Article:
reviews, ruby, thoughts
Rails Rumble was an amazing experience. I think I slept about 6 hours over a 56 hour period and while I became grouchy I don’t think I ever stopped having fun. The fun stopped after the first day of voting. Starting during the second day of voting I <3 Games plummeted in the rankings. I am not really sure what happened to cause this fall. I am not the most objective person but in testing some of these other apps I’ve run into some real problems that I don’t understand how something that doesn’t quite work could be ranked higher than our app which I think is about 90% done.
Problems with voting
- With any voting system there are always ways to game the system. The OpenID requirement for Rails Rumble voting would make gaming rather easy I would think. Without a captcha or email validation it would be fairly easy for a machine to sign up for voting as many times as it wanted.
- Voting with most people for Rails Rumble is only based off of a glance, there is very little actual signing up to use the app going on.
- No way to explain what your feelings about the app were.
I think if some of these issues were addressed I would feel a little better about the voting system. I think the 8 random apps a day idea was a good one that helps prevent the event from becoming an popularity contest.
Gaming the system is always going to be a problem. Bots can be created that get around almost every system to stop them, but when the systems are few and far between to stop them they can have a field day and can dramatically skewer results. I do know a few people who aren’t bots that just said “Oh, well I’ll just give every other app 1 star across the board” and it shows. Rather than 3 stars being the “average” value for an app it is the high value. I know there won’t ever be a 5.0 over all app, but we’re talking about 2.9 being the high value and 1.6 being the low value. That is a lot of 1 and 2 stars over the 4 or 5 stars. On a scale of 1-5 then 3 should be the average, that should be “this app is unremarkable, there is nothing wrong, but nothing right either” instead if we keep going along the way we are currently going then 2.9 is going to be the winning score, which using the normal averages would mean that it is slightly below average, and while I’ll be the first to admit none of these apps are above average against an application where you have an unlimited time frame and tons of QA testers. If you keep in mind that every single one of the apps was designed in 48 hours by 1-4 people I would have to say a great many of them are above average.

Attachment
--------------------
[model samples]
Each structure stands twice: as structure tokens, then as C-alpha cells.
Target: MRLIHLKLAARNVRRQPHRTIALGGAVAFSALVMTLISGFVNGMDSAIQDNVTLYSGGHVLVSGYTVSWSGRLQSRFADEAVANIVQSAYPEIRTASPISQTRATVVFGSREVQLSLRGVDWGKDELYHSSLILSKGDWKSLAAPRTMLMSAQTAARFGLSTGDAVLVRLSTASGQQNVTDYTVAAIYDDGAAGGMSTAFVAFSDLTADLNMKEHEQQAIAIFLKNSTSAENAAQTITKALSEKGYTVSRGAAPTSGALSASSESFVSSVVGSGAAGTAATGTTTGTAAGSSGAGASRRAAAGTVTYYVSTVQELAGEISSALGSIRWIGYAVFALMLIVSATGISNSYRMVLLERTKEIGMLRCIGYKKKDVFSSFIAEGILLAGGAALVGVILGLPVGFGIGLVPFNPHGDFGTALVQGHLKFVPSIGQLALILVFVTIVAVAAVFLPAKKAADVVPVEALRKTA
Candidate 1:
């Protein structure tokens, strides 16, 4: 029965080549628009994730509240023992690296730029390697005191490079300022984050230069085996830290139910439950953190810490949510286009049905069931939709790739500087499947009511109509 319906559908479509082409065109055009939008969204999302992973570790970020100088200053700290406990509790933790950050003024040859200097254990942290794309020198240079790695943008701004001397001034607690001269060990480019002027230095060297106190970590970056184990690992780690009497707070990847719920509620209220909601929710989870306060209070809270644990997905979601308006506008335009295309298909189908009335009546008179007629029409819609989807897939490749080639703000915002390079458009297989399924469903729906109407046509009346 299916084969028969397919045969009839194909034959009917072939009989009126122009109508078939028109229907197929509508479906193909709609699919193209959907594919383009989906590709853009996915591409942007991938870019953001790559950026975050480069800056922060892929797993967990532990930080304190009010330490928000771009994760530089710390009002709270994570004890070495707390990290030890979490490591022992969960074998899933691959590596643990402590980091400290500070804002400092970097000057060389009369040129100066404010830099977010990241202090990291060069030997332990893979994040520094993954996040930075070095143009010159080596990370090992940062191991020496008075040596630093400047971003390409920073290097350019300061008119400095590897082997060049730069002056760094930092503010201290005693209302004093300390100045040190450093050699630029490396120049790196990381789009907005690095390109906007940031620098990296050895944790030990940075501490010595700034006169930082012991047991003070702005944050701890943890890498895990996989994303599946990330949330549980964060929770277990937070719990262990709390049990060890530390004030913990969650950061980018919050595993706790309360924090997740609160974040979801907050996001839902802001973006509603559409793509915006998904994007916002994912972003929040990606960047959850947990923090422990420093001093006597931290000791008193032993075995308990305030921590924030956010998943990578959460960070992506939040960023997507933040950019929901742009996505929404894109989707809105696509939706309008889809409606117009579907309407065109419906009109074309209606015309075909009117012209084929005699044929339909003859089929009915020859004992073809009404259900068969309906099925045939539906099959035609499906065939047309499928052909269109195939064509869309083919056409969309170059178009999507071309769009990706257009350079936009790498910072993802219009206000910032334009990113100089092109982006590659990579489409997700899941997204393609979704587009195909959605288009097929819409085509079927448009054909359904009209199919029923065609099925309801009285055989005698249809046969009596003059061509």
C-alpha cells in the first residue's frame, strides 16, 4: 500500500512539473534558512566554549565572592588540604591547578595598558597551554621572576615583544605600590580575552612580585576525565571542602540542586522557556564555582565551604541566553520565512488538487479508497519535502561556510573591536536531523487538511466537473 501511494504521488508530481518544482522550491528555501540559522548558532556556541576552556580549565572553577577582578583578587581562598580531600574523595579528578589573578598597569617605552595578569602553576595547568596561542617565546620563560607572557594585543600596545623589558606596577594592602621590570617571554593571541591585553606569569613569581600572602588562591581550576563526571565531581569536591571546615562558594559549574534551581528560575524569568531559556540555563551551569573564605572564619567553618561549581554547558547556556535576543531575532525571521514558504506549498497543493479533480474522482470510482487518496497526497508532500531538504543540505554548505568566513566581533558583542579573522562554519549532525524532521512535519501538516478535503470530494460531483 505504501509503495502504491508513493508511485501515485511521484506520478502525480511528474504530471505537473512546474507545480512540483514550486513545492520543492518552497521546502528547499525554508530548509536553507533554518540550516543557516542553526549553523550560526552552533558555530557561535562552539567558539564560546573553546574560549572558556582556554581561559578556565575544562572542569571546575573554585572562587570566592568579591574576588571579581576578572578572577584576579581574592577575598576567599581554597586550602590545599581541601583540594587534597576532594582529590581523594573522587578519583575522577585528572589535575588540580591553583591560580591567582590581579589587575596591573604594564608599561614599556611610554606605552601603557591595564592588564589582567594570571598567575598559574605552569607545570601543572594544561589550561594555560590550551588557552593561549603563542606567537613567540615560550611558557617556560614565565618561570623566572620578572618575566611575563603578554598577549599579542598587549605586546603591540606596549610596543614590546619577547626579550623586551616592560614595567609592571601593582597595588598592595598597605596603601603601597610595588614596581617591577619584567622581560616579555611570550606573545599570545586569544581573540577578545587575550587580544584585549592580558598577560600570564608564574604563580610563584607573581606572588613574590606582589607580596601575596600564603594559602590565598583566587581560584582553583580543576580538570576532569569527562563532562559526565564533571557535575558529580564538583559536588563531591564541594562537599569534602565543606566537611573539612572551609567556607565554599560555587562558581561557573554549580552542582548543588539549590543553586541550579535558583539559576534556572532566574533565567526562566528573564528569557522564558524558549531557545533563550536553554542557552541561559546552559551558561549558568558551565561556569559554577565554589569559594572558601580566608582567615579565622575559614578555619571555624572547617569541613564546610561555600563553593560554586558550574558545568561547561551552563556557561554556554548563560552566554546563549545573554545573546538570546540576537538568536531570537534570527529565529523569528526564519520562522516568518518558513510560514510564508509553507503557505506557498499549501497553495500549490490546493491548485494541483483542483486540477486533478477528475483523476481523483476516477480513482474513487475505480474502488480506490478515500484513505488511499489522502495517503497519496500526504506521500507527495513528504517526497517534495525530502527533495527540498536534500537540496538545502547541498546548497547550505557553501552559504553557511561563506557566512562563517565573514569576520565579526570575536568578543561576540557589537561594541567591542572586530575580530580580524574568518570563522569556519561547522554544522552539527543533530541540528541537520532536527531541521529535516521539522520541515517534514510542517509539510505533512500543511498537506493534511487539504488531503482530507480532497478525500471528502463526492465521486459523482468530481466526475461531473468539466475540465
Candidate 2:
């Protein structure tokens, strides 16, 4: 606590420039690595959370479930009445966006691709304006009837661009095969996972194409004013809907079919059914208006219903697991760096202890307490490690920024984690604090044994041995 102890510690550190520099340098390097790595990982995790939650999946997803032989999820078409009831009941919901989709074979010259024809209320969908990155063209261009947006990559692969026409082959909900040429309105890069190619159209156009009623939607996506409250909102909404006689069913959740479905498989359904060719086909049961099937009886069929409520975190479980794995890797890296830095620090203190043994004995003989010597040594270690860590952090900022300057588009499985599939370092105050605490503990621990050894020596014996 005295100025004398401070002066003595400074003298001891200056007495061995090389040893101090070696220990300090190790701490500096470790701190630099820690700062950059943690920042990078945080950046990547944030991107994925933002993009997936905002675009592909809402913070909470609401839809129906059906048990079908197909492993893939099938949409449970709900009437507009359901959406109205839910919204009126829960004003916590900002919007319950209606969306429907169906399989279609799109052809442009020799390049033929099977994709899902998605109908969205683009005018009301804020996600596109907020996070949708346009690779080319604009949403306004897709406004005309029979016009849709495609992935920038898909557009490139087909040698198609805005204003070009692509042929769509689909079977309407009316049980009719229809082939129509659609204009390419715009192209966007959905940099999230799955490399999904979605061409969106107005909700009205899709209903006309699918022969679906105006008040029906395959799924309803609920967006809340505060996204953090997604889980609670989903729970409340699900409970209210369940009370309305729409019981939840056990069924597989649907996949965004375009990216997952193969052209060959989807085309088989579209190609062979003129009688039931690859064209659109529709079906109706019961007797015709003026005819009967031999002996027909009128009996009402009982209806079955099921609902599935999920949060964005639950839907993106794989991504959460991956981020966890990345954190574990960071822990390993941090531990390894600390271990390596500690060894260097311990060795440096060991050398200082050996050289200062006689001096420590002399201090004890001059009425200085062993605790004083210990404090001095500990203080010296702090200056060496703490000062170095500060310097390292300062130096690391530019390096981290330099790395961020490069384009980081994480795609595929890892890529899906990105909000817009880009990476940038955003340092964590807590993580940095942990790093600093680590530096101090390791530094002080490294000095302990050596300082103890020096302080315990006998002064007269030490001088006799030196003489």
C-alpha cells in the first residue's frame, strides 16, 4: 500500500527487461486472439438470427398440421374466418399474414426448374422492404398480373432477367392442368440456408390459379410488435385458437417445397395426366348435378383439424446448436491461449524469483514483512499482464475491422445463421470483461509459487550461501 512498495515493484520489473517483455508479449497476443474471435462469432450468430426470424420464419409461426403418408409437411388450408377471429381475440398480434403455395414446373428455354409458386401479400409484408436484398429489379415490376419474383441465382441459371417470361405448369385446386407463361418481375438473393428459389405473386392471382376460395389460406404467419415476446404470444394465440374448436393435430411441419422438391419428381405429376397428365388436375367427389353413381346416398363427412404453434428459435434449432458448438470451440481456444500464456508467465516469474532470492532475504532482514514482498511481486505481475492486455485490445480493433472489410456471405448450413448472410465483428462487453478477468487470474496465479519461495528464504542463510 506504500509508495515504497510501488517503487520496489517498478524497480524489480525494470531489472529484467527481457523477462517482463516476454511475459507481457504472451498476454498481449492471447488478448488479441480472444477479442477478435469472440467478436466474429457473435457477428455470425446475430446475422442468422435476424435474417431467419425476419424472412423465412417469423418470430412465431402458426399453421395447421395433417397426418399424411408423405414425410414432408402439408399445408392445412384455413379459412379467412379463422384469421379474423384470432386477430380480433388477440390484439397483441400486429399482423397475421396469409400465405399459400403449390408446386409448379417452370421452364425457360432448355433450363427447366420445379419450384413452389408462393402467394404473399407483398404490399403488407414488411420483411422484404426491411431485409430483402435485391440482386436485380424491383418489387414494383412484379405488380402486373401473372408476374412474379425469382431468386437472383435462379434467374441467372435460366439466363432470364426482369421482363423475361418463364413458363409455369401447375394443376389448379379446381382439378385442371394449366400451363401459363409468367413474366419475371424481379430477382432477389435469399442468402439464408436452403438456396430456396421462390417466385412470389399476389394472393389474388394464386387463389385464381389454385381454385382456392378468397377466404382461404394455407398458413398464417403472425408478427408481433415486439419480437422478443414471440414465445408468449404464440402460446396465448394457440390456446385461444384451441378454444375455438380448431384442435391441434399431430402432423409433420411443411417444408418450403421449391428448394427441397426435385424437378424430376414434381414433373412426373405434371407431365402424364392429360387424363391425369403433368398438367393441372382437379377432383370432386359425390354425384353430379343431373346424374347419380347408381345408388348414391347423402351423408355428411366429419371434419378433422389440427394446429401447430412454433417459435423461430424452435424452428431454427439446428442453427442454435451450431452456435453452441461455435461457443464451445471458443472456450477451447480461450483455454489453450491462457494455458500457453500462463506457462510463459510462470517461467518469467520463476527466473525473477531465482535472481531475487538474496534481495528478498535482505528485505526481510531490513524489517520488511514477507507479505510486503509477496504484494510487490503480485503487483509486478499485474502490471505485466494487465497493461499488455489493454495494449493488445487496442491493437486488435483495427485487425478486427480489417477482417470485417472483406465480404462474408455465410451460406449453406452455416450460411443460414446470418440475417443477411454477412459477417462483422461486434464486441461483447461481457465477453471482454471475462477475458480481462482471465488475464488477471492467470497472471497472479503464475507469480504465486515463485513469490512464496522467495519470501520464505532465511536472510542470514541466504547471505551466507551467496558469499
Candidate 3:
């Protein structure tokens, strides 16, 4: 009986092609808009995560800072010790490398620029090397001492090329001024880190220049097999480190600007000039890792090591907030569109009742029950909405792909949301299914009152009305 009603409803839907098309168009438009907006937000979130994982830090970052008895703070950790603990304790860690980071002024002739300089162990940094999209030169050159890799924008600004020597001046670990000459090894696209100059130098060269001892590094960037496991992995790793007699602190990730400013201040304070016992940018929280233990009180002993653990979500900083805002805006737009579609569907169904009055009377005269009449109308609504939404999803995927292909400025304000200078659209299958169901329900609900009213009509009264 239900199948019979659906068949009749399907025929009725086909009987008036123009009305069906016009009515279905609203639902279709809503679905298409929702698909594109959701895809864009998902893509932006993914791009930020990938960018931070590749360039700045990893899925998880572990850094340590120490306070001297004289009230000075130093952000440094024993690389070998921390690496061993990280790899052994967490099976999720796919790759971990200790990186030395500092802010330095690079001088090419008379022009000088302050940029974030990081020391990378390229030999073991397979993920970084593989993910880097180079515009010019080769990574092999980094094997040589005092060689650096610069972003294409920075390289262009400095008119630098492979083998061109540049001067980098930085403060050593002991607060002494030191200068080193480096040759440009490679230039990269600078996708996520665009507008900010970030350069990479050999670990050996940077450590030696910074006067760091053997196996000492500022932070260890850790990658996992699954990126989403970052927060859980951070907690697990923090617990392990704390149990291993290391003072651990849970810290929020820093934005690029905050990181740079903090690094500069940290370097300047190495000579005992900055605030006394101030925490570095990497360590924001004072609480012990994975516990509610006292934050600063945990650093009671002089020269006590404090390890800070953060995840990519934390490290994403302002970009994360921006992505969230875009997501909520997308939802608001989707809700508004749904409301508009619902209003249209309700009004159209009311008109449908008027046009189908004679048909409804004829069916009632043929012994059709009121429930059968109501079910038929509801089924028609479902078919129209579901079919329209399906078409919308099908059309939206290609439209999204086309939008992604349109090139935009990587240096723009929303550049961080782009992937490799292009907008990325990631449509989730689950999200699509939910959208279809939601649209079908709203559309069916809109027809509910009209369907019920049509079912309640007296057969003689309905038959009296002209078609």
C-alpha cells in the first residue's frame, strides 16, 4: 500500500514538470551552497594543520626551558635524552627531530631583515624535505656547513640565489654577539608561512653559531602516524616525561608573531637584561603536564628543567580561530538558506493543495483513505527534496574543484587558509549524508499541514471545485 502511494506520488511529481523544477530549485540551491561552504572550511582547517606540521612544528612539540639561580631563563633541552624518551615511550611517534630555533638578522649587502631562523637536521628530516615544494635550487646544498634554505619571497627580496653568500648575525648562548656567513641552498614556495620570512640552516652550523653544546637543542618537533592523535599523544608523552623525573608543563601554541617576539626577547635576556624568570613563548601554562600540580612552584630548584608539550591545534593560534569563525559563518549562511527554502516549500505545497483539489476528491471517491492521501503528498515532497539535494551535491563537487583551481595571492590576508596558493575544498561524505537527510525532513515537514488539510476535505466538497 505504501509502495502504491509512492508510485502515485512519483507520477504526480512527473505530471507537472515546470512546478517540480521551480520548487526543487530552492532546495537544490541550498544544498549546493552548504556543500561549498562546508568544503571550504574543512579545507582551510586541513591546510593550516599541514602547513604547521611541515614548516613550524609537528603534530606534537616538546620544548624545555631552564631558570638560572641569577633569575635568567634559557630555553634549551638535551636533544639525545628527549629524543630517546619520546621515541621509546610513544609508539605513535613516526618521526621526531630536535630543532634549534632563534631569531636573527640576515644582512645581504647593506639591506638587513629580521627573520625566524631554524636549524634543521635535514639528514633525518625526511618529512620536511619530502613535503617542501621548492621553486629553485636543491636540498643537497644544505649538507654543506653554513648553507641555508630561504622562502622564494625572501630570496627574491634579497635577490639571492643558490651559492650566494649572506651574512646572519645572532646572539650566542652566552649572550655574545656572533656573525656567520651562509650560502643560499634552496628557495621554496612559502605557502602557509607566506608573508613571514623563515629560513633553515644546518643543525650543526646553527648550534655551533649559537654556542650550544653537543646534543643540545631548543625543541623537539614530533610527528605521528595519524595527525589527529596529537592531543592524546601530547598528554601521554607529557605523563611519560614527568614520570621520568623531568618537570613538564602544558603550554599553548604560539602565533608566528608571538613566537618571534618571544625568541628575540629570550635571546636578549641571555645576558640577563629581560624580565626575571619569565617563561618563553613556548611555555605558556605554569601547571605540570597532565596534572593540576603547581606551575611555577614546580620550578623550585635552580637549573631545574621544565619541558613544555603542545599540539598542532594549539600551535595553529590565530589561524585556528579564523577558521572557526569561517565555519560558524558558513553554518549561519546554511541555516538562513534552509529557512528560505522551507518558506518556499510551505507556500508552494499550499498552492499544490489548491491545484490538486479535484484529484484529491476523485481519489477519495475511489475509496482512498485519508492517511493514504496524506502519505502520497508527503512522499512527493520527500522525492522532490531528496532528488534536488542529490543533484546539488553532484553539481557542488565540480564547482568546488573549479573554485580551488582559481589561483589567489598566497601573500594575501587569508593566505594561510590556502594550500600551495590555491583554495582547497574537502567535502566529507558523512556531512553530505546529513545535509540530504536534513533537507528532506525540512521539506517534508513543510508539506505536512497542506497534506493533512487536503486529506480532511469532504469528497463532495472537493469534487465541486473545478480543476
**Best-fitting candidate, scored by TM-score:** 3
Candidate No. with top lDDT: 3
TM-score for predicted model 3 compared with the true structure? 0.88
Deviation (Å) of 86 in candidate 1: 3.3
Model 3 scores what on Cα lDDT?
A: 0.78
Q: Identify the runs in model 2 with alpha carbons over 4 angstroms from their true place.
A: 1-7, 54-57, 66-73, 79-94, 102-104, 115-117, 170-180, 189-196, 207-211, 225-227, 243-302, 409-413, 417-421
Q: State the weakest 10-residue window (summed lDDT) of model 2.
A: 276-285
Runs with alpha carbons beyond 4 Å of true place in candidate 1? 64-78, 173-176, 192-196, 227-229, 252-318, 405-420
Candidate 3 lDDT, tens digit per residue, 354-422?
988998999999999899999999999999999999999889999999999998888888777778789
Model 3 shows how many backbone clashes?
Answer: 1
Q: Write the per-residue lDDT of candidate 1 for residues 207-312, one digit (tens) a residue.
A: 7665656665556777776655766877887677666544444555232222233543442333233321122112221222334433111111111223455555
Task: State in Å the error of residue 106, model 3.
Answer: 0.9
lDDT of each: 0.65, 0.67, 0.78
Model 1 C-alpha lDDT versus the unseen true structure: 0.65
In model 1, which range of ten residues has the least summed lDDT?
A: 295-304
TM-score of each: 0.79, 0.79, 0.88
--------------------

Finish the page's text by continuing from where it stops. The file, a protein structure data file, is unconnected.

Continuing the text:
One of the problems I have with the voting system is that the results tend to be skewed towards pretty on the front page apps. Powered By Geek didn’t exactly cater to this, we hid a lot of functionality after sign up, but we did put a little video up explaining about the app. The real problem I have is the number of people who aren’t even signing up who are voting on the app. I know for a fact that our login/signup process works because we had a guy dedicated to testing that procedure during the actual competition and I’ve created about 10 accounts as well with my numerous Open IDs and as regular users. Looking at our numbers we’ve had 79 users sign up, and when you take into account all my test accounts that is about 70 users total who have signed up and yet we have 240 votes on our site. That is a 1:4 ratio of people who actually looked at our site vs people who just voted either after looking at our home page or without looking at the site at all.
I’m wary to point my finger at people and point out flaws as to why they shouldn’t be at their position, however some of the apps I tested had main functionality broken and yet they are sitting in the top 30 spots. Testing is almost nonexistent, a friend was testing other sites and uploaded a picture that he figured would disappear after a while but instead it was on there for over 24 hours. The site only had slots to show 5 pictures that means that it took over a day to upload 5 pictures on the site.